Blizzards caused travel chaos as Sussex endured its heaviest spring snowfall in decades.
The county experienced a total whiteout when an unseasonal Arctic blast swept down from the north.
Traffic ground to a standstill on ungritted roads, flights at Gatwick were delayed, and train and bus services hit.
Heavy snow started falling at around 8am on Sunday and continued well into the afternoon, leaving an icy blanket 6cms deep in places.
Supermarkets usually packed with Sunday shoppers were virtually empty as people heeded warnings to stay at home.
But hundreds of families took advantage of the wintry chill and headed for the Downs to go sledging or build snowmen.
Beaches which this time last year were crowded with sun-worshippers basking in summer-style heat were virtually deserted.
Weathermen said the average temperature for April was generally 10C or 11C, but yesterday it barely touched 3C.
West Sussex County Council admitted it was caught out by the snow and had failed to grit the roads.
Even so, several bus routes in Brighton became impassable, including those serving the city's university campuses, Stanmer Park, Hollingbury and Coldean.
Roger French, managing director of Brighton and Hove Bus Company said at the height of the blizzard: "The situation is changing all the time. It is up and down depending on the state of the hills.
"Sometimes a bus can get up a hill, but the next bus can't."
Southern Railway said train services were delayed by about ten minutes, but none were cancelled.
At Gatwick, flights were grounded as snow covered the runway, forcing its temporary closure.
EasyJet said it cancelled six flights to British airports and Amsterdam.
Among the passengers left waiting for the weather to clear was a party from Littlehampton Community School due to fly to Berlin for a history trip.
Teacher Emma Balfour said: "It's frustrating for us but there's obviously nothing anyone can do about it so we're just hoping it will clear soon and we can get on our way."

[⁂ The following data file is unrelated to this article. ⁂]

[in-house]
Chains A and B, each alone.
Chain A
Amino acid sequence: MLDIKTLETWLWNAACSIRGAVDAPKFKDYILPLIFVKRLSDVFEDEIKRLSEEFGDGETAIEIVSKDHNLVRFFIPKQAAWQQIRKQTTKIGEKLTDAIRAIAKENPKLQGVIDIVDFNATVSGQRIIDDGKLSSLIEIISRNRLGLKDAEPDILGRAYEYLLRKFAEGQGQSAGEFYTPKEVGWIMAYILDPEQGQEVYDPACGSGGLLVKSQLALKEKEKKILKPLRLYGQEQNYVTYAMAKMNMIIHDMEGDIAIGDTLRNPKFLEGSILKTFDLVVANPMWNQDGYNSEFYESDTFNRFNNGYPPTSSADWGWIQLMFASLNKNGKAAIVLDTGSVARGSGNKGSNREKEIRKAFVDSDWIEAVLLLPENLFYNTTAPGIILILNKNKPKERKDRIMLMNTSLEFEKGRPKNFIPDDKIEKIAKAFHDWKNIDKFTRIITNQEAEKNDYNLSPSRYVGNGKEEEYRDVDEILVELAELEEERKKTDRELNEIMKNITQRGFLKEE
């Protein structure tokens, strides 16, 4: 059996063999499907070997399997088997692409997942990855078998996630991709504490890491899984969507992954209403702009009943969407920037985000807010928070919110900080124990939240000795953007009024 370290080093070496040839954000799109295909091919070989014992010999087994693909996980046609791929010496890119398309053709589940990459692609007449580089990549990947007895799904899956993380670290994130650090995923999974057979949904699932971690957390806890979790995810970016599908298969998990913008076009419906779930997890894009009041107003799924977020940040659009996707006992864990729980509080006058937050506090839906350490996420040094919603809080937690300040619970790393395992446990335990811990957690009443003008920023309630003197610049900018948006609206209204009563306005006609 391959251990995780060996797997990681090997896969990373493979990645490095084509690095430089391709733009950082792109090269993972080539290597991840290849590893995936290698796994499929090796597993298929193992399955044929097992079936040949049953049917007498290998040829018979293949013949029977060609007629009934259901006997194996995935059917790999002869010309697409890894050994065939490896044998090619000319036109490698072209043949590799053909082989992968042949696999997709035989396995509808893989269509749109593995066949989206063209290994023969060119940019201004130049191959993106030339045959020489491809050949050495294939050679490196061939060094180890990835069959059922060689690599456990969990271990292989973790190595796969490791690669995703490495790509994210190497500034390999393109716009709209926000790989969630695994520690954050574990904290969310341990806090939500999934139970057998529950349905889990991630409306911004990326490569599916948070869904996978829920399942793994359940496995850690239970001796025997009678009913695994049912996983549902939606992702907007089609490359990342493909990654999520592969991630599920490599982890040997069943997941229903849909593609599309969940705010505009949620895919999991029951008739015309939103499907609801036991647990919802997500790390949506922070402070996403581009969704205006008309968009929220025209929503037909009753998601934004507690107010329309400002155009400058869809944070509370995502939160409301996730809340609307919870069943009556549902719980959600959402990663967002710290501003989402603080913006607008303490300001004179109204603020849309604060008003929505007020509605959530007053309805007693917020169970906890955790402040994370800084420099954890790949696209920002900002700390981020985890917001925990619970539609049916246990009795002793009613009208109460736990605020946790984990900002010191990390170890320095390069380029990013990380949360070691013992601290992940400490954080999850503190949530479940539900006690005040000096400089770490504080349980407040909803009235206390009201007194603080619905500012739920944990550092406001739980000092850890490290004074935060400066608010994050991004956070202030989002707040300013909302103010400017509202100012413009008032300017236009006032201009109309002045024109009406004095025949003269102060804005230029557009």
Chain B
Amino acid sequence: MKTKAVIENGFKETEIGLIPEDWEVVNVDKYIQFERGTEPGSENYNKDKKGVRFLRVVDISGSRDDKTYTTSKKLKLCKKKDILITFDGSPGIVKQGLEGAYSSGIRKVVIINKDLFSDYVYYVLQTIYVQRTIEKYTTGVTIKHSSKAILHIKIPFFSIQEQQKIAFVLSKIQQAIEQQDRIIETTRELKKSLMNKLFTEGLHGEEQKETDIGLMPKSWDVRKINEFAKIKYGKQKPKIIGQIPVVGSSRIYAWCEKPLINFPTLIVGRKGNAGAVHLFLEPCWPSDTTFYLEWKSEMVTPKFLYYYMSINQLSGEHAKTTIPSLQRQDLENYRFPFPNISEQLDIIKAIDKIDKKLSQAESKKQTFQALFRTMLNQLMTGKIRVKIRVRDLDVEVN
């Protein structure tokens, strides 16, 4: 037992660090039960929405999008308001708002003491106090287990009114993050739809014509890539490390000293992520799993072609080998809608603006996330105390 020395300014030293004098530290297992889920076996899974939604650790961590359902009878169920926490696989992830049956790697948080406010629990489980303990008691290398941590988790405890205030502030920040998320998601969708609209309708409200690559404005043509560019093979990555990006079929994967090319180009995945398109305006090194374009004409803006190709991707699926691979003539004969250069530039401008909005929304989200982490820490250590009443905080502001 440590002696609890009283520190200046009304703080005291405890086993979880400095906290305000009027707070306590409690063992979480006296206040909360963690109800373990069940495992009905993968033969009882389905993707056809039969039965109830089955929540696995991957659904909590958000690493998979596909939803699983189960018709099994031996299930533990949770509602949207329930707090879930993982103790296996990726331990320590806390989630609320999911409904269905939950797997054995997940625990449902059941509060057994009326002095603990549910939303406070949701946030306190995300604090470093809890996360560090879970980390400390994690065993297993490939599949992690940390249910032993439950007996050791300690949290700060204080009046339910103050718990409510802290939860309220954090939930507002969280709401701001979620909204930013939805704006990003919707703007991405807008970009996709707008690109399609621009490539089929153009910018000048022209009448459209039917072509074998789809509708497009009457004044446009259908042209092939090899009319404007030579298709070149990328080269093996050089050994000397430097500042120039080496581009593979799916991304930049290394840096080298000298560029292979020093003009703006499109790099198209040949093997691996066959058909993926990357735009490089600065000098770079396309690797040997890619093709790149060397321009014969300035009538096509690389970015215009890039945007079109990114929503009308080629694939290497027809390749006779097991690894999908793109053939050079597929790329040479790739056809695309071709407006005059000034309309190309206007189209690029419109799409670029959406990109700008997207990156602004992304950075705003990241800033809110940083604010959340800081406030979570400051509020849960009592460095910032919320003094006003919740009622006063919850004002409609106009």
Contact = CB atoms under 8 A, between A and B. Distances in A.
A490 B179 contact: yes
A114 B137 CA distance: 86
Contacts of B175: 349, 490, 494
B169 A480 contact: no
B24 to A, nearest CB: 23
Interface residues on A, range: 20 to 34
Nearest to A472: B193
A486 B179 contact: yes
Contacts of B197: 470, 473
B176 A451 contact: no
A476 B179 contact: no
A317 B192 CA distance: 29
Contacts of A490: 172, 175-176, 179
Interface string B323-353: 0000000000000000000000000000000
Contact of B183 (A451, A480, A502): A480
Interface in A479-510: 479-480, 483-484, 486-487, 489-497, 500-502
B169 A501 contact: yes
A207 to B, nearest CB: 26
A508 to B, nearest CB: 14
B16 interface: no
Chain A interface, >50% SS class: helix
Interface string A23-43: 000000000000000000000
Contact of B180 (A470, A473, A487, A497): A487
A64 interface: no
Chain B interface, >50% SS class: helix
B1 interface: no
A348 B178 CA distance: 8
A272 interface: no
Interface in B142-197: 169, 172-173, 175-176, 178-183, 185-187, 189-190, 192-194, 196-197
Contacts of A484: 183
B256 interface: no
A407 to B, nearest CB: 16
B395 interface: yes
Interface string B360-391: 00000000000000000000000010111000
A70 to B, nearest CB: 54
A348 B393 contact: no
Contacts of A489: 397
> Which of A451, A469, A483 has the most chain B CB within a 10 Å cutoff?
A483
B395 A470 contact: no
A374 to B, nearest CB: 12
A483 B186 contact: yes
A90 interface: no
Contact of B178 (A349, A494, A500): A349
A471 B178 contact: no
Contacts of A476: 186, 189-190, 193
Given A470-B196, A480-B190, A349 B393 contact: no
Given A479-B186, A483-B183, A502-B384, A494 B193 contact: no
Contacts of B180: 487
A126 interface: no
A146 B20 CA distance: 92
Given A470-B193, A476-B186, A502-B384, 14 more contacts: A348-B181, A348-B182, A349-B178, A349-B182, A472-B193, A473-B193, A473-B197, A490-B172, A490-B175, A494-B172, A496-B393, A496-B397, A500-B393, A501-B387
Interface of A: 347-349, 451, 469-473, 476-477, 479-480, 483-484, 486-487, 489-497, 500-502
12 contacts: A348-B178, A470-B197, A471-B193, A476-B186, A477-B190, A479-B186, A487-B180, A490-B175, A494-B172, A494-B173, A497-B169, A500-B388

A spokesman for East Sussex County Council said it gritted its entire road network on Saturday night.
Twenty-five gritters, each carrying up to nine tonnes of salt, covered 840 miles of the county's busiest roads.
But West Sussex County Council said the snow came as a surprise.
A spokesman said: "We weren't expecting there to be such an accumulation of snow. That was a bit of a surprise.
"The forecast was that the temperature would not be falling below zero which is why we didn't send any vehicles out."
He admitted gritters and a snow plough were only sent out onto the roads after the blizzard struck.
Mark Warwick, 27, was on his way home from Brighton to Worthing when the blizzard struck.
He said: "I haven't seen such heavy snowfall here ever. The weather seemed to turn very quickly and it got very difficult on the road. They hadn't been gritted so cars were sliding quite a bit."
Coun Brian Oxley, leader of Brighton and Hove City Council, said: "The gritters were out on Saturday night and again on Sunday morning, but because the snow was so widespread and so prolonged it was difficult."
On the A27 and A23, many cars and lorries slowed to around 15mph.
Sussex Police received 105 snow-related calls, mainly to minor traffic incidents, by 1.30pm.
One came from a family trapped in their home in the Chichester area.
Officers closed the road leading to Ditchling Beacon, and there were long delays on the A259 between Eastbourne and East Dean, and the A283 at Eartham, near Chichester.
Inspector Ian Byford said: "Cars have been slipping off roads and roads have been blocked -all due to the weather."
A spokesman for the Met Office said the snow began falling at about 7am in the north-west of the county and moved south and east during the day.